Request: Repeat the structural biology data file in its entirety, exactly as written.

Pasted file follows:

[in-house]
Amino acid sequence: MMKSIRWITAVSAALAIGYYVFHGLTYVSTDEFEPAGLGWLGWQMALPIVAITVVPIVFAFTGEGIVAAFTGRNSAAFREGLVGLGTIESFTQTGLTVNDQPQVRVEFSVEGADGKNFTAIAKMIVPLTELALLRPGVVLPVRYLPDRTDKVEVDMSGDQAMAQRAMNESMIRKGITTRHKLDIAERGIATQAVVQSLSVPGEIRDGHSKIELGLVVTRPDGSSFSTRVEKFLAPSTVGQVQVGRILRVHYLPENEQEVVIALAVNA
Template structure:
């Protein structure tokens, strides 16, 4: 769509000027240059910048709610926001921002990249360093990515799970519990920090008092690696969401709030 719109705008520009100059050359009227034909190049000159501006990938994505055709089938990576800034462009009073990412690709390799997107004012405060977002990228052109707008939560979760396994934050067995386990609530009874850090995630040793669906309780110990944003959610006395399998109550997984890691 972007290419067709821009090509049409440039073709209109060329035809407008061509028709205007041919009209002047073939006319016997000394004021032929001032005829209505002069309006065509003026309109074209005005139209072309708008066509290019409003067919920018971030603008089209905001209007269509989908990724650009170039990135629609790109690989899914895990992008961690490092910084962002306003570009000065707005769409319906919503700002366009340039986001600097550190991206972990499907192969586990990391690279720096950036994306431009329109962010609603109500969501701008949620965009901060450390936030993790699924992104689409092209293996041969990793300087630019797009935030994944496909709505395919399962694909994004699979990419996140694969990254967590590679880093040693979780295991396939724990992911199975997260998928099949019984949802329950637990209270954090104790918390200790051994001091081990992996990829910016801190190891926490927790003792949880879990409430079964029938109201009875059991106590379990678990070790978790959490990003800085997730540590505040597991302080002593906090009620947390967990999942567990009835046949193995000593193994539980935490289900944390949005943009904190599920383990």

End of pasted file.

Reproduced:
[in-house]
Amino acid sequence: MMKSIRWITAVSAALAIGYYVFHGLTYVSTDEFEPAGLGWLGWQMALPIVAITVVPIVFAFTGEGIVAAFTGRNSAAFREGLVGLGTIESFTQTGLTVNDQPQVRVEFSVEGADGKNFTAIAKMIVPLTELALLRPGVVLPVRYLPDRTDKVEVDMSGDQAMAQRAMNESMIRKGITTRHKLDIAERGIATQAVVQSLSVPGEIRDGHSKIELGLVVTRPDGSSFSTRVEKFLAPSTVGQVQVGRILRVHYLPENEQEVVIALAVNA
Template structure:
């Protein structure tokens, strides 16, 4: 769509000027240059910048709610926001921002990249360093990515799970519990920090008092690696969401709030 719109705008520009100059050359009227034909190049000159501006990938994505055709089938990576800034462009009073990412690709390799997107004012405060977002990228052109707008939560979760396994934050067995386990609530009874850090995630040793669906309780110990944003959610006395399998109550997984890691 972007290419067709821009090509049409440039073709209109060329035809407008061509028709205007041919009209002047073939006319016997000394004021032929001032005829209505002069309006065509003026309109074209005005139209072309708008066509290019409003067919920018971030603008089209905001209007269509989908990724650009170039990135629609790109690989899914895990992008961690490092910084962002306003570009000065707005769409319906919503700002366009340039986001600097550190991206972990499907192969586990990391690279720096950036994306431009329109962010609603109500969501701008949620965009901060450390936030993790699924992104689409092209293996041969990793300087630019797009935030994944496909709505395919399962694909994004699979990419996140694969990254967590590679880093040693979780295991396939724990992911199975997260998928099949019984949802329950637990209270954090104790918390200790051994001091081990992996990829910016801190190891926490927790003792949880879990409430079964029938109201009875059991106590379990678990070790978790959490990003800085997730540590505040597991302080002593906090009620947390967990999942567990009835046949193995000593193994539980935490289900944390949005943009904190599920383990």